The sexual has several parameters at its disposal, in the sense that selection could mold its sexual cycle in any of several different directions (increased fusion, decreased splitting, etc.). We have seen that if damage is low there is a tradeoff between sexuality and asexuality, but that haploids generally beat the diploid due to their superior replication rates. If a sexual uses more fusion than necessary, it relinquishes its superiority to an outcome of competitive coexistence with the diploid (if the haploid is absent). In competition with the haploid, selection might eliminate a "fusion-happy, sexual, perhaps by back-mutation to a haploid in that case.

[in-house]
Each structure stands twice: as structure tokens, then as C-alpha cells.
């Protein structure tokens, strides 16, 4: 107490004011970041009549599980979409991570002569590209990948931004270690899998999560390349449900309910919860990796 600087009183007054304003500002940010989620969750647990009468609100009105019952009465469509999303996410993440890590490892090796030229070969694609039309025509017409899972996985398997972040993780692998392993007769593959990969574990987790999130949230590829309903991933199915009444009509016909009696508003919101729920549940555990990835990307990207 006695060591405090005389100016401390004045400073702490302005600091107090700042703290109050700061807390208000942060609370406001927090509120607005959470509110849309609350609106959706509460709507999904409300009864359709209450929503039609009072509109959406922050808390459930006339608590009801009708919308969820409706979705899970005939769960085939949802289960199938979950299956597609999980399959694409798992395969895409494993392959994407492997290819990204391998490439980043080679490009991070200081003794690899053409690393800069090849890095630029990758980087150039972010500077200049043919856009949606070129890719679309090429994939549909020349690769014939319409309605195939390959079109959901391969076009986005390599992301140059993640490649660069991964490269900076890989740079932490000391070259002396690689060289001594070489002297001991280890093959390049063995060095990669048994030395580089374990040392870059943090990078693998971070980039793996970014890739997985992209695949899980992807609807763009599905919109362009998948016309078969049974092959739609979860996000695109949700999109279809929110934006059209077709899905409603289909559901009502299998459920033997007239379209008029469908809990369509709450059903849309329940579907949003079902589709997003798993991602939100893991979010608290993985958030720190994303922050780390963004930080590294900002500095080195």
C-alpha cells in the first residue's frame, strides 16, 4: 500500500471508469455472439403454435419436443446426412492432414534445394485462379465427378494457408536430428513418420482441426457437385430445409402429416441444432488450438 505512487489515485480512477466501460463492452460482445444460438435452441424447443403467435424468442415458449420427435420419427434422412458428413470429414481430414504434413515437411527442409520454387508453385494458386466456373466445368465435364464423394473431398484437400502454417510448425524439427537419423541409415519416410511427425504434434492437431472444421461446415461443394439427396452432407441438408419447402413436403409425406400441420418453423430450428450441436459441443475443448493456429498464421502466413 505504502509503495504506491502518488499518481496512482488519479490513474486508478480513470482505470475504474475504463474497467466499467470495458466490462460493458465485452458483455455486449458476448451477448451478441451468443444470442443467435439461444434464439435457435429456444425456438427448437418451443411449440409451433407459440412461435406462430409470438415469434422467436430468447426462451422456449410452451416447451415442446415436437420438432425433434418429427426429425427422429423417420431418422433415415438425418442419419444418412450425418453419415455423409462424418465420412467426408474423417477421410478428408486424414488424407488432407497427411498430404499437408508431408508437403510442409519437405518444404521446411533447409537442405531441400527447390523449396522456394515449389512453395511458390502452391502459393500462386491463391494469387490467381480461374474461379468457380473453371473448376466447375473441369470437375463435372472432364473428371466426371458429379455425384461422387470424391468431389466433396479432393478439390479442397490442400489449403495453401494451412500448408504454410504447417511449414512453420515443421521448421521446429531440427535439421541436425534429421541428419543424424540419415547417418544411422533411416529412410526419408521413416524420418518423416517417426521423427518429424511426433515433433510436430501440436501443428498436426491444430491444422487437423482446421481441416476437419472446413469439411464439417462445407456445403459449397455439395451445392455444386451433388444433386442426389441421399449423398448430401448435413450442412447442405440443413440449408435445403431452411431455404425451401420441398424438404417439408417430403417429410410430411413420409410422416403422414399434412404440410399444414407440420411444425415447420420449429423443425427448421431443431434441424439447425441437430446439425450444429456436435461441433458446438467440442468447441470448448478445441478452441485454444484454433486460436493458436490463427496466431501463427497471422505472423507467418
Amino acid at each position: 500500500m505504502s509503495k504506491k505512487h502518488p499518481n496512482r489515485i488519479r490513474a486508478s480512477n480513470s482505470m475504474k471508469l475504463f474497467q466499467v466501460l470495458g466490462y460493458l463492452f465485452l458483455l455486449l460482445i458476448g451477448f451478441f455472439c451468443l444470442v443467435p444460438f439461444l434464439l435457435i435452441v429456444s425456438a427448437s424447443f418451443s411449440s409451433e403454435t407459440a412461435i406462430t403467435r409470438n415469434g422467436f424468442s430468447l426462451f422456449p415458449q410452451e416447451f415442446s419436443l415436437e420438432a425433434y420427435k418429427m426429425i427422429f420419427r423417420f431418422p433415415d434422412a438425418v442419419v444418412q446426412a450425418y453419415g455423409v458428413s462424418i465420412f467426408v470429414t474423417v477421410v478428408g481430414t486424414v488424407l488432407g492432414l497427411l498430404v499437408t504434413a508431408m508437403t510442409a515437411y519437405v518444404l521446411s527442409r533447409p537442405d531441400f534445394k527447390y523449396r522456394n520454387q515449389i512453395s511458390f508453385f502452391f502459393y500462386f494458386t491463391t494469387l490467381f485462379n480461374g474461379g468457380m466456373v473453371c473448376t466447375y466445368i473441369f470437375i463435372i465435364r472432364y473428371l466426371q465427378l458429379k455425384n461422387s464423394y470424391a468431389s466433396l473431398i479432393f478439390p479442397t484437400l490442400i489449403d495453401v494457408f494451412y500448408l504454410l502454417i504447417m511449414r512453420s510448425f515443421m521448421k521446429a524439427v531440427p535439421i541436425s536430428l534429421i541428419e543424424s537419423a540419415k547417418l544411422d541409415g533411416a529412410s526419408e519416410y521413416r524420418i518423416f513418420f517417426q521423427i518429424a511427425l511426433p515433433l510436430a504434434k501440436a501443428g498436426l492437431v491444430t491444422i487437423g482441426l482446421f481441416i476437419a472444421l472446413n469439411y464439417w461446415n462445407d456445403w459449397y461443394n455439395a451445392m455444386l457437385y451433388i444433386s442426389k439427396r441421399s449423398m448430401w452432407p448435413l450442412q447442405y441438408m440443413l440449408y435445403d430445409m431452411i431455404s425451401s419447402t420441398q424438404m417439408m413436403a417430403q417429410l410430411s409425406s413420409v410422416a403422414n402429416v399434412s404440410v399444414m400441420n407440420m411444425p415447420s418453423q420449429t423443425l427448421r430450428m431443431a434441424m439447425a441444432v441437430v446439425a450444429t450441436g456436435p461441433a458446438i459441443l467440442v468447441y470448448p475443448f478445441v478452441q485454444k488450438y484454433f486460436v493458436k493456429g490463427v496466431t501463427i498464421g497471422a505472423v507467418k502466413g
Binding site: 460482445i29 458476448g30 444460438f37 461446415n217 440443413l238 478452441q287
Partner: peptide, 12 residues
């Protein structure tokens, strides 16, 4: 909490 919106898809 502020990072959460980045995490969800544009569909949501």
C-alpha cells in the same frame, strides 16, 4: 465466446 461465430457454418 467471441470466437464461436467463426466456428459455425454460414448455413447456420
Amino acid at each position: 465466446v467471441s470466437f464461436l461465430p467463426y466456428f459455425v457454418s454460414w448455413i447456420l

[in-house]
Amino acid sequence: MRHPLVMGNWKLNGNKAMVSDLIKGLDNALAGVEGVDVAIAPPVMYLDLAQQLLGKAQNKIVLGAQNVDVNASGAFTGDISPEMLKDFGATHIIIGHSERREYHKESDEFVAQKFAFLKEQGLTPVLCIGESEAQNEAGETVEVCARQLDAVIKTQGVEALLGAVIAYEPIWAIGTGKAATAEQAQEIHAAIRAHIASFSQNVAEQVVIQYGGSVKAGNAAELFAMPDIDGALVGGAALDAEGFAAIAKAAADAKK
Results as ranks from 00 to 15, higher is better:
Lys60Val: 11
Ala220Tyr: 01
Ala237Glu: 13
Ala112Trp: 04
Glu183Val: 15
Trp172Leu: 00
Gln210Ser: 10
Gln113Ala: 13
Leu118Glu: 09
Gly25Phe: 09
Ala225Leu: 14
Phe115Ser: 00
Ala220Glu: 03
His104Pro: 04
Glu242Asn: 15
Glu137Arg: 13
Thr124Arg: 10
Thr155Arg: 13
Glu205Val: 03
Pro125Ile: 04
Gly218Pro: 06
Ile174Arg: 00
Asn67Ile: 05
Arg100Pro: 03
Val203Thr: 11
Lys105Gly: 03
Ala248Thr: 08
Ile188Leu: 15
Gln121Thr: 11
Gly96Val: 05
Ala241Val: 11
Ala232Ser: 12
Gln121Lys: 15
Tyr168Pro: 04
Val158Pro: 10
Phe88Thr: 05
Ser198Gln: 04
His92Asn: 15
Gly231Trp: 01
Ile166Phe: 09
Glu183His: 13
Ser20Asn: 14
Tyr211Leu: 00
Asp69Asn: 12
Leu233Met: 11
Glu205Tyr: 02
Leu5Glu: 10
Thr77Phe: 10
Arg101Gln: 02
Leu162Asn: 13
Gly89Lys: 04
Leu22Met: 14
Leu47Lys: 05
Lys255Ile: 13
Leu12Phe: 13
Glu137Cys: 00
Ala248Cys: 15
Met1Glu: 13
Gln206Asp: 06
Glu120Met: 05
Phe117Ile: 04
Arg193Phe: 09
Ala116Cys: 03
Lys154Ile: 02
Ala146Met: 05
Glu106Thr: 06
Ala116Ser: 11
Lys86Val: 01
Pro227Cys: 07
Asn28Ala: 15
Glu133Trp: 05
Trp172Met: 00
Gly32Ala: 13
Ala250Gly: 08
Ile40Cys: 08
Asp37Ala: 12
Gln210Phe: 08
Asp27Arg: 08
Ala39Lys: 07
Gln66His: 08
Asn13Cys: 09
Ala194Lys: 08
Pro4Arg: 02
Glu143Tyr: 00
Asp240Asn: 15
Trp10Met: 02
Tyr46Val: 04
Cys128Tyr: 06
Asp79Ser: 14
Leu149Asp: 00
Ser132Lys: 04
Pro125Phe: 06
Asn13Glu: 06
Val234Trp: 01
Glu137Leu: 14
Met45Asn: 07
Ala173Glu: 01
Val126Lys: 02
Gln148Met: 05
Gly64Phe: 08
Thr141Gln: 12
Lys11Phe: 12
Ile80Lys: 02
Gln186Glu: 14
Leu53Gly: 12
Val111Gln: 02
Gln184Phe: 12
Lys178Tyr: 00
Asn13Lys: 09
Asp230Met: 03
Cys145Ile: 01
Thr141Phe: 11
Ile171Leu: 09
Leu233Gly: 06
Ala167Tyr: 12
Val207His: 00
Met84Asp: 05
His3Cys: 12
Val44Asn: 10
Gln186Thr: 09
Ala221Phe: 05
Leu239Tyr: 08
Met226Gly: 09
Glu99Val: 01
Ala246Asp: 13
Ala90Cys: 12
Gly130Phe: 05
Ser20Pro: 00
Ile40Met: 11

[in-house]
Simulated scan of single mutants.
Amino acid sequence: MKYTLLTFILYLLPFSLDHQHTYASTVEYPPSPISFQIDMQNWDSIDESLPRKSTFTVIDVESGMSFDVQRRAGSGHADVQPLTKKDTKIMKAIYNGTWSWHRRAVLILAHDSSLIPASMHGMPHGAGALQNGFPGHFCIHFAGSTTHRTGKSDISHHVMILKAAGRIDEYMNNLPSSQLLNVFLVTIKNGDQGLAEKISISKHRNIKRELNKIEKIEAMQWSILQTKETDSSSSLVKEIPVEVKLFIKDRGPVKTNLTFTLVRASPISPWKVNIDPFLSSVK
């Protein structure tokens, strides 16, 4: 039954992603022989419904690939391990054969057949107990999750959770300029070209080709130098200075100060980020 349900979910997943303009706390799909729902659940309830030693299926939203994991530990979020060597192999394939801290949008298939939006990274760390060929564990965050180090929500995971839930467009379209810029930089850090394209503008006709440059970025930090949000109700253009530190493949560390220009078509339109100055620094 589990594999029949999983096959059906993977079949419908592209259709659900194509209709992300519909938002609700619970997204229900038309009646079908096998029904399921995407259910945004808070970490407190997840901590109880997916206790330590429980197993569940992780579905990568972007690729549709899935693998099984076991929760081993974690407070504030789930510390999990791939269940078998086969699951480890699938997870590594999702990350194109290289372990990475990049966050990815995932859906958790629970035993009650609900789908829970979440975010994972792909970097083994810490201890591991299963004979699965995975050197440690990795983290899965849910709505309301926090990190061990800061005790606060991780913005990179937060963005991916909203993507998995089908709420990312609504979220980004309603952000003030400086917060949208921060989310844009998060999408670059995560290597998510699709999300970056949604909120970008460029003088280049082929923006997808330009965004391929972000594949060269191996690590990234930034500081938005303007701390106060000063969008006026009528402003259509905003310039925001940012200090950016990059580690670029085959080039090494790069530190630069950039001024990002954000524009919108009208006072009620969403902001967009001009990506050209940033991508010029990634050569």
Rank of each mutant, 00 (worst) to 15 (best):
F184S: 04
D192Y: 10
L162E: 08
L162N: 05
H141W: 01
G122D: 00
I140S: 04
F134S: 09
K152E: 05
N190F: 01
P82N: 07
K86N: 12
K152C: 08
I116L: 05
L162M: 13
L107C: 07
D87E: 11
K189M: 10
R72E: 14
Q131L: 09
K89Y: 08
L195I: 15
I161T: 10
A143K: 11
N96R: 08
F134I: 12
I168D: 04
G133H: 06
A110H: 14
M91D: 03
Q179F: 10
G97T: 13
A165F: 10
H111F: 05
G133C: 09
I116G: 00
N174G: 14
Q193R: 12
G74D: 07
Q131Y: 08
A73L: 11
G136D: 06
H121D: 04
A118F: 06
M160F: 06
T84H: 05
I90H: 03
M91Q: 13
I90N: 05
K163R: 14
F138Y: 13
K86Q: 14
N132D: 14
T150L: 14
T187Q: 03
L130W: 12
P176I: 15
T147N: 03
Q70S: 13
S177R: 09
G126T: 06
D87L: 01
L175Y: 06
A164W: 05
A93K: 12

The asexual haploid cannot cope with high damage. So, when damage is high, only the sexual can compete with a diploid. The sexual cycle must maintain a minimum level of activity before the sexual can even begin to compete with the diploid. If this condition is met, then initial conditions give the outcome to one or the other of the two species or to competitive coexistence. The actual outcome is a function of initial conditions. Our computer experiments have failed to produce interesting dynamical behavior (periodic limit cycles or chaos), and we believe it unlikely that such behavior is possible in this system (for biologically reasonable parameter values) in spite of the large number of free parameters and dimensions. - in Origin of sex for error repair. I. Sex, diploidy, and haploidy.